But the reply to every single critical question is — and throughout the morning will be — prefaced by a story about the murder of Jews.
Under the watchful eyes of soldiers on the street and in watchtowers above, we walk along Shuhada Street, which is all but closed for the Muslim population of Hebron, even if they have a house on that street. The once thriving market here was closed after attacks on settlers. The Muslim-owned houses weren’t confiscated. But it is made extremely difficult for the owners to go (and live) there.
Not to worry, we hear from our guide, life in Palestinean Hebron is good: It is the most prosperous of the Palestinean cities with many businesses, factories, hospitals, and even universities. At the same time, Judy tells us that many Arabs (she refuses to call the Palestineans) would prefer to live under Israeli government because of Islamist oppression and rampant corruption in the Palestinean Authority.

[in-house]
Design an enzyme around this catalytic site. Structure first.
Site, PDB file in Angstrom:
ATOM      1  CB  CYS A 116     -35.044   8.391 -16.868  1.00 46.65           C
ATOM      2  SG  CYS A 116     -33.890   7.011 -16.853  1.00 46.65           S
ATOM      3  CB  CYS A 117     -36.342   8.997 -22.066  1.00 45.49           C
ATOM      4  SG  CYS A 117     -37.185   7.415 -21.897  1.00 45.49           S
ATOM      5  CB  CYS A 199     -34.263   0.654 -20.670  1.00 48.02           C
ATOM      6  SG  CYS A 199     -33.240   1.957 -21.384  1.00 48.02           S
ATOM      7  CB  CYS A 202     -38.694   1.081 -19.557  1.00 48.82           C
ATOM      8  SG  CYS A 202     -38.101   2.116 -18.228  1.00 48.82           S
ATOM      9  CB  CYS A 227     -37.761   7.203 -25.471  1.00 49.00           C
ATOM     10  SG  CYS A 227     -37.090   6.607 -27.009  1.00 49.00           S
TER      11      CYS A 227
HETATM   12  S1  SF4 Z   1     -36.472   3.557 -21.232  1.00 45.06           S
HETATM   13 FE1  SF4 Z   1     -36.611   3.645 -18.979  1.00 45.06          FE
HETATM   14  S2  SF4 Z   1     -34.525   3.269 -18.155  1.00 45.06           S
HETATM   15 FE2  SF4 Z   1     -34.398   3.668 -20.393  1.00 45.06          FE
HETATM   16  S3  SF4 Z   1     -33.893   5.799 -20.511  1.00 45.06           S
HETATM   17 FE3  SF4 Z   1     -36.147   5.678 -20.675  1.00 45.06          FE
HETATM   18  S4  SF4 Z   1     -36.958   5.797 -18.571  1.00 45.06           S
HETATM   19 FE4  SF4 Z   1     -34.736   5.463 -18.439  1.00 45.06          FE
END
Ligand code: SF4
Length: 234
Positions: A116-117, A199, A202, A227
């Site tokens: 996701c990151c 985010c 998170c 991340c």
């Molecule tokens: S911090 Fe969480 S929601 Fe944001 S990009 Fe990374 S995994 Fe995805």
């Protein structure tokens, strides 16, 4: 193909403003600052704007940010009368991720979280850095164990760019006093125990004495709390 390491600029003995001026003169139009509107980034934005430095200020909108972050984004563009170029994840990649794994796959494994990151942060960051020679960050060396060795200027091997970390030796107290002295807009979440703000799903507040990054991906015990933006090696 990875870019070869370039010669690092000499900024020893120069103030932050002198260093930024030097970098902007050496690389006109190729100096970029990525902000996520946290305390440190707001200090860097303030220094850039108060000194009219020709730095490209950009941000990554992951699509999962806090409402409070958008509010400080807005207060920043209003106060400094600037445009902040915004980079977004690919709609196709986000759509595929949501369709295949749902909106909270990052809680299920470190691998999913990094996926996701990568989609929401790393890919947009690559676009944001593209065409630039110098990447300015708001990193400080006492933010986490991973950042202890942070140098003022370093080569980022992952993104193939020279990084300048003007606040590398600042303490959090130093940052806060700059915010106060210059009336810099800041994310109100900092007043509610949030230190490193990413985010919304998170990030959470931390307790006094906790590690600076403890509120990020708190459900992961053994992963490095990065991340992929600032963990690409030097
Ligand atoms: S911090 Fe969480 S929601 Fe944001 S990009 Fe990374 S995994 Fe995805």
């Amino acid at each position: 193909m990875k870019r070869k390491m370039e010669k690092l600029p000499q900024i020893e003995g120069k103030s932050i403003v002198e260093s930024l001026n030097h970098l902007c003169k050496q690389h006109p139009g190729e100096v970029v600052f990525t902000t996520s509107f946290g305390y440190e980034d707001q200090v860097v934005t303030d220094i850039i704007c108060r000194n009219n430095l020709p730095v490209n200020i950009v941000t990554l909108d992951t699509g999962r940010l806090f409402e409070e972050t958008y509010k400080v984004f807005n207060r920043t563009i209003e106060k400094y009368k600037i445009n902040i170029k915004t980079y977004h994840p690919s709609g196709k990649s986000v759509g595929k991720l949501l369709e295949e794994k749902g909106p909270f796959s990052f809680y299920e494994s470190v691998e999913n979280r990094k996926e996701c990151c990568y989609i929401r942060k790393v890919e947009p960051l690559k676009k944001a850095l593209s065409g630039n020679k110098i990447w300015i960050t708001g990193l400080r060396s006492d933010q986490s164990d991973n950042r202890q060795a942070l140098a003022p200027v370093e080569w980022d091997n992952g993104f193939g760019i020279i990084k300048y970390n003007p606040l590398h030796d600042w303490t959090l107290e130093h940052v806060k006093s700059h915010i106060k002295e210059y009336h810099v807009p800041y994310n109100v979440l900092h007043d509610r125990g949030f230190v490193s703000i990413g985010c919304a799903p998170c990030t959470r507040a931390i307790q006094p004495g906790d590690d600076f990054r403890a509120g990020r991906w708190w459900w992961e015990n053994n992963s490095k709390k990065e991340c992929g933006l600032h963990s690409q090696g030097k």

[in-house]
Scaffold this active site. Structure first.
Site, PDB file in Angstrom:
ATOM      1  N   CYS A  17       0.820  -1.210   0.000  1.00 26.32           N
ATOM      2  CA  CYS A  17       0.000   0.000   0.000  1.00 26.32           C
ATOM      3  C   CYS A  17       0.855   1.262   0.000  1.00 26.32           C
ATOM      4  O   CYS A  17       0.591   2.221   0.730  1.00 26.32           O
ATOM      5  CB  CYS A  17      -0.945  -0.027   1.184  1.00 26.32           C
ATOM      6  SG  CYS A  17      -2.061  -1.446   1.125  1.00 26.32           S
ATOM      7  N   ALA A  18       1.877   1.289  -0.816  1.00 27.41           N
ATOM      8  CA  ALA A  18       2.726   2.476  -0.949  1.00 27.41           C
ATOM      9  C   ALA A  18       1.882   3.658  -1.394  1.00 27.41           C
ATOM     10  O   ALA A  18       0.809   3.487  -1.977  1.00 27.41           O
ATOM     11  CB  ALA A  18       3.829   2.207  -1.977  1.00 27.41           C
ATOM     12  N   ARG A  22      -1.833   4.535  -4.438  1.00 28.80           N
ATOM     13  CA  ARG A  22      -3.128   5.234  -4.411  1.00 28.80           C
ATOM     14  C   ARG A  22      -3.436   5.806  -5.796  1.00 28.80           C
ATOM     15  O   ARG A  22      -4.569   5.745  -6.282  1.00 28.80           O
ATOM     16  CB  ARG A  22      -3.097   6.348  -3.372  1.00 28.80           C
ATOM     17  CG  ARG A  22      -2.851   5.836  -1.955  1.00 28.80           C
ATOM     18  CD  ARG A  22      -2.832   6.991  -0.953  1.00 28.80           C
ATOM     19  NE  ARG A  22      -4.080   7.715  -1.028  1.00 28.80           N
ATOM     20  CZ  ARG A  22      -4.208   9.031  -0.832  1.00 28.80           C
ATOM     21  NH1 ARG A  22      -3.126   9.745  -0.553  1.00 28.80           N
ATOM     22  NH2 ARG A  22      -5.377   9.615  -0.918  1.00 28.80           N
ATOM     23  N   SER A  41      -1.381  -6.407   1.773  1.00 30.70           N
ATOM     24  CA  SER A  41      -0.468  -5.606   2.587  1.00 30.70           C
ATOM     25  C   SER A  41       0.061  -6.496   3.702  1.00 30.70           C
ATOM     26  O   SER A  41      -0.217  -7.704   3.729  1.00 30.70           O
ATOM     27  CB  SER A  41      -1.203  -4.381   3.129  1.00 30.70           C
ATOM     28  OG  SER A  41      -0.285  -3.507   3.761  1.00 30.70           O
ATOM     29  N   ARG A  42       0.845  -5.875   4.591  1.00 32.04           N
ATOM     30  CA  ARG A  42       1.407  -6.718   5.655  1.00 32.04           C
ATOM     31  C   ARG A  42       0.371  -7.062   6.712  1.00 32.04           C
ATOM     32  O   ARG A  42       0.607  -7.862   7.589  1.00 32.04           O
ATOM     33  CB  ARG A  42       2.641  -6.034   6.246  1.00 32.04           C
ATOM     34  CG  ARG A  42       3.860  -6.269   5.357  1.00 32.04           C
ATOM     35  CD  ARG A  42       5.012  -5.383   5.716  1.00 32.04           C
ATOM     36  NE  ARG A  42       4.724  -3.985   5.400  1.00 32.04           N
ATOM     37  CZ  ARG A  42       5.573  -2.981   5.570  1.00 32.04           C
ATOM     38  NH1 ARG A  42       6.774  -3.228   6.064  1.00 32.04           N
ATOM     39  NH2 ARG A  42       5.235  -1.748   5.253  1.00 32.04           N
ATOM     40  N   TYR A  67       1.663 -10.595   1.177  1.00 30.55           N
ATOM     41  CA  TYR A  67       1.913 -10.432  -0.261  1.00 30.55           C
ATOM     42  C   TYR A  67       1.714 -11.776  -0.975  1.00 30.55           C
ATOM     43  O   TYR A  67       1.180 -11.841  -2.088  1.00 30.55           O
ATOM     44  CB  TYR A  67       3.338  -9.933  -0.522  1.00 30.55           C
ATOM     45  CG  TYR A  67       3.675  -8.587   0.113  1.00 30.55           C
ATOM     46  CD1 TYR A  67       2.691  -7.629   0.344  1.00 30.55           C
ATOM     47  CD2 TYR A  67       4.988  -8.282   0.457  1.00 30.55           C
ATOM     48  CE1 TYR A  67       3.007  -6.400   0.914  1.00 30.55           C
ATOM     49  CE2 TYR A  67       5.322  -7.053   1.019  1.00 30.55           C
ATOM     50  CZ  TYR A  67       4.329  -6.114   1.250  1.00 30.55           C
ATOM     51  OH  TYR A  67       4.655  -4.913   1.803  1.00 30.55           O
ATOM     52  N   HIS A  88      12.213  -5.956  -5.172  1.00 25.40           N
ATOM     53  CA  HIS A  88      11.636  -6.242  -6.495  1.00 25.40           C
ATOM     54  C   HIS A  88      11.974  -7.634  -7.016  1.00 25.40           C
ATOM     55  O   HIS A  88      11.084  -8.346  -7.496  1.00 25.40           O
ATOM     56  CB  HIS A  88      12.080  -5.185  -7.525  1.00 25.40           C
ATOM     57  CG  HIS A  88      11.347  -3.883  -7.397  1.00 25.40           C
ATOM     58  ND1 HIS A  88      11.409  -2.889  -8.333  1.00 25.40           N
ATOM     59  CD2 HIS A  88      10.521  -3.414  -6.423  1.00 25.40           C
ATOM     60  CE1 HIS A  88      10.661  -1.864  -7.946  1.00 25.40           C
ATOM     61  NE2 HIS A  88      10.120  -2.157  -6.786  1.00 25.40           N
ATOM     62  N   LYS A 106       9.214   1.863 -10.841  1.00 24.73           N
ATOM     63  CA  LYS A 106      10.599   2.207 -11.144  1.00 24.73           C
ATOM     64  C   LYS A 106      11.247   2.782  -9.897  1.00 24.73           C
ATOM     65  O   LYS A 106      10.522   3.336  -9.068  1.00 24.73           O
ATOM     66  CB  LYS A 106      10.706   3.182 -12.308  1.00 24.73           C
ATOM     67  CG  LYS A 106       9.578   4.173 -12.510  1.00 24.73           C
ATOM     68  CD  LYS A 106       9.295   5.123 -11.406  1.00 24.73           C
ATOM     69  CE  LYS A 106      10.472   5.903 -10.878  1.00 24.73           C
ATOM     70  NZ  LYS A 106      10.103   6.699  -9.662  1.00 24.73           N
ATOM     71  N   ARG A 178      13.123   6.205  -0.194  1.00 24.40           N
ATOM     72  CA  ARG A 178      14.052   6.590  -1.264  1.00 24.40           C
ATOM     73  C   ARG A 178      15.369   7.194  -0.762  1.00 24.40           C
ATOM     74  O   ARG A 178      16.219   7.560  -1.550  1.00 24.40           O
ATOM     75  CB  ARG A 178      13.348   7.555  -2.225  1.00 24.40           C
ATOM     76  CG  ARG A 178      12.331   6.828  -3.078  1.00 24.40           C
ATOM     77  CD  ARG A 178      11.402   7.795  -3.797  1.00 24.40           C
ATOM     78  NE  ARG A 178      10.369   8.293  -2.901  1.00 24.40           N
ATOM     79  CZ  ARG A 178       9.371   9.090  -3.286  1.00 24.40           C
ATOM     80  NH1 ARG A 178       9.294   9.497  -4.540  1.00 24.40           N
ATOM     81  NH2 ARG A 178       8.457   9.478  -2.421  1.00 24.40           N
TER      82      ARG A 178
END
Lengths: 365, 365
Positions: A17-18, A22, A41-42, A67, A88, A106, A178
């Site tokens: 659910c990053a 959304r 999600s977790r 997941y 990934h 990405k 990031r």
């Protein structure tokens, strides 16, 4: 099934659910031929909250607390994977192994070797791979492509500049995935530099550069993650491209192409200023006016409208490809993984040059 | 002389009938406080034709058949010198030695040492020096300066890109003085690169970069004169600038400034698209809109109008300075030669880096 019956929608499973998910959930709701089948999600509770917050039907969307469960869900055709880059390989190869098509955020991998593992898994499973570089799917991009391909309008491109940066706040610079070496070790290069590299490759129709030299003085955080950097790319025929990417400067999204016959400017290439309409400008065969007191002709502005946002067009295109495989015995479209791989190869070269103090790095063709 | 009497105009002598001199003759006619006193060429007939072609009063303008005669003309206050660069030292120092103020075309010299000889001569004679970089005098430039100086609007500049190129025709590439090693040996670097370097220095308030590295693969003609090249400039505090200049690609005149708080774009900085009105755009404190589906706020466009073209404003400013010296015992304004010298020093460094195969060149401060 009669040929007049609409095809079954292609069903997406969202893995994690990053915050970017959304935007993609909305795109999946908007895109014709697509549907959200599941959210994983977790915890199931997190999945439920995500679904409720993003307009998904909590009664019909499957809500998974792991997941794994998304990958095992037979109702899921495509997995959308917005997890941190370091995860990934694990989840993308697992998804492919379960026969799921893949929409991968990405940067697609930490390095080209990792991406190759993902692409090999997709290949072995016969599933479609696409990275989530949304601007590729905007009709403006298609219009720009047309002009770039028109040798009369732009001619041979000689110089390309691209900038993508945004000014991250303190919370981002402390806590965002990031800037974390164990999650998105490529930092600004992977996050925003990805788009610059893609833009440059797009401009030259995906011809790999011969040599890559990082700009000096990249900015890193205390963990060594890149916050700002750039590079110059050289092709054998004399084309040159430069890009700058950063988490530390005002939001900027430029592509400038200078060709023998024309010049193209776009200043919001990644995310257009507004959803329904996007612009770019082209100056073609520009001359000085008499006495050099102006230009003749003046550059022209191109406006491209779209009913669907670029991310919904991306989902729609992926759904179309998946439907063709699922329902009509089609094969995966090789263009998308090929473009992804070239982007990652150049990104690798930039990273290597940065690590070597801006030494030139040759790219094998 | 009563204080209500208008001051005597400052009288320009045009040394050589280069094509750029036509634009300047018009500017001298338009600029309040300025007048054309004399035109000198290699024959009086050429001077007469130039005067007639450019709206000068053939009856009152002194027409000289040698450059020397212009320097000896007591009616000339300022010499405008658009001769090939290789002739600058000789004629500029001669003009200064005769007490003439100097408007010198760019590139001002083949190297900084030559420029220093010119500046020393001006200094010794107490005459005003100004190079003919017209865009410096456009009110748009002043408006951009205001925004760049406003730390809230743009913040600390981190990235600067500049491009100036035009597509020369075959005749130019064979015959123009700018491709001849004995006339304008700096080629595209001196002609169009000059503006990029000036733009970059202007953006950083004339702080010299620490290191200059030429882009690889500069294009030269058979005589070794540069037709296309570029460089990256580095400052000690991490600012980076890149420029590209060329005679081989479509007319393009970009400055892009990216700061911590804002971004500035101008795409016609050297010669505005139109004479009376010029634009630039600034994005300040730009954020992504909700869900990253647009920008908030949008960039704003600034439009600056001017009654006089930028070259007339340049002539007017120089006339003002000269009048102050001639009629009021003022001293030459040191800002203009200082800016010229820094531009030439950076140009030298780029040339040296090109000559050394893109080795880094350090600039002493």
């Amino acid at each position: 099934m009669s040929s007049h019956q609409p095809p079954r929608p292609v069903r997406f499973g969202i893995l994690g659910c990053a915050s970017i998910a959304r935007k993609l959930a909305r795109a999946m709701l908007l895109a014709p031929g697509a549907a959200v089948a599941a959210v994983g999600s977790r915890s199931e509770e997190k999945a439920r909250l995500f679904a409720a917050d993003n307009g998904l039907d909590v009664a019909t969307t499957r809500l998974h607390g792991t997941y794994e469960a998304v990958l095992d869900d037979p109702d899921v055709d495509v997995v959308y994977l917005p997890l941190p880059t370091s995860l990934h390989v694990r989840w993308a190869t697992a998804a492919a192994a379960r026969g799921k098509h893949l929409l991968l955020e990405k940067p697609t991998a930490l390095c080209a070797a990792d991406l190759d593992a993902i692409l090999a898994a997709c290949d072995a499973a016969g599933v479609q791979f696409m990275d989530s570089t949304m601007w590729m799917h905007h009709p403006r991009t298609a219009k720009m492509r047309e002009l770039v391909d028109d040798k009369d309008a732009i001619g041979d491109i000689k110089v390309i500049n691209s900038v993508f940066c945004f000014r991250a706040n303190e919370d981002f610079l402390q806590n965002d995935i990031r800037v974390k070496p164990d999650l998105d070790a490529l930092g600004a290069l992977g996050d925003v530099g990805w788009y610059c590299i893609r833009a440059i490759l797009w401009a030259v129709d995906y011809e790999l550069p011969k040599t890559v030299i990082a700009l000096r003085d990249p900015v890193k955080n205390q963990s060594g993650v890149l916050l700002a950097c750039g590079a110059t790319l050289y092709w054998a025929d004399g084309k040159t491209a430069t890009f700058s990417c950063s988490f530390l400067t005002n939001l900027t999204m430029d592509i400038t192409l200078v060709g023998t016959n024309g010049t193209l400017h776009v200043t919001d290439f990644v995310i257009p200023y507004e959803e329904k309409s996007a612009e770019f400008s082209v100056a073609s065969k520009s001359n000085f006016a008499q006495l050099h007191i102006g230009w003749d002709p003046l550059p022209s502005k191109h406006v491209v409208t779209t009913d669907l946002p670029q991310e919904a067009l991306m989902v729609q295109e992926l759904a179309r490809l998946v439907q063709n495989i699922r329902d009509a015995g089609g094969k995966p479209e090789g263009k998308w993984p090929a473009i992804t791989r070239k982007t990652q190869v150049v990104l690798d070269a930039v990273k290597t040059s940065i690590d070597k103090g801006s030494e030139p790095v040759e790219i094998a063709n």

While I came to hear the two sides to Hebron, I am slightly unnerved by how the message of law-abiding settlers that just want a peaceful life with everyone is driven home. I can’t decide whether our guide is deliberately constructing a World, in which the settlers are discriminated against by their government while the Palestineans are responsible for any discomfort in their lives or whether this is really how she sees the World. I suppose it is a combination of both.
On Tel Rumeida, we see remains of the origins of Hebron that have only recently been unearthed. We climb to the roof of an ordinary looking highrise where we find the “Hebron Observatory,” and enjoy sweeping views from the highest point of the city.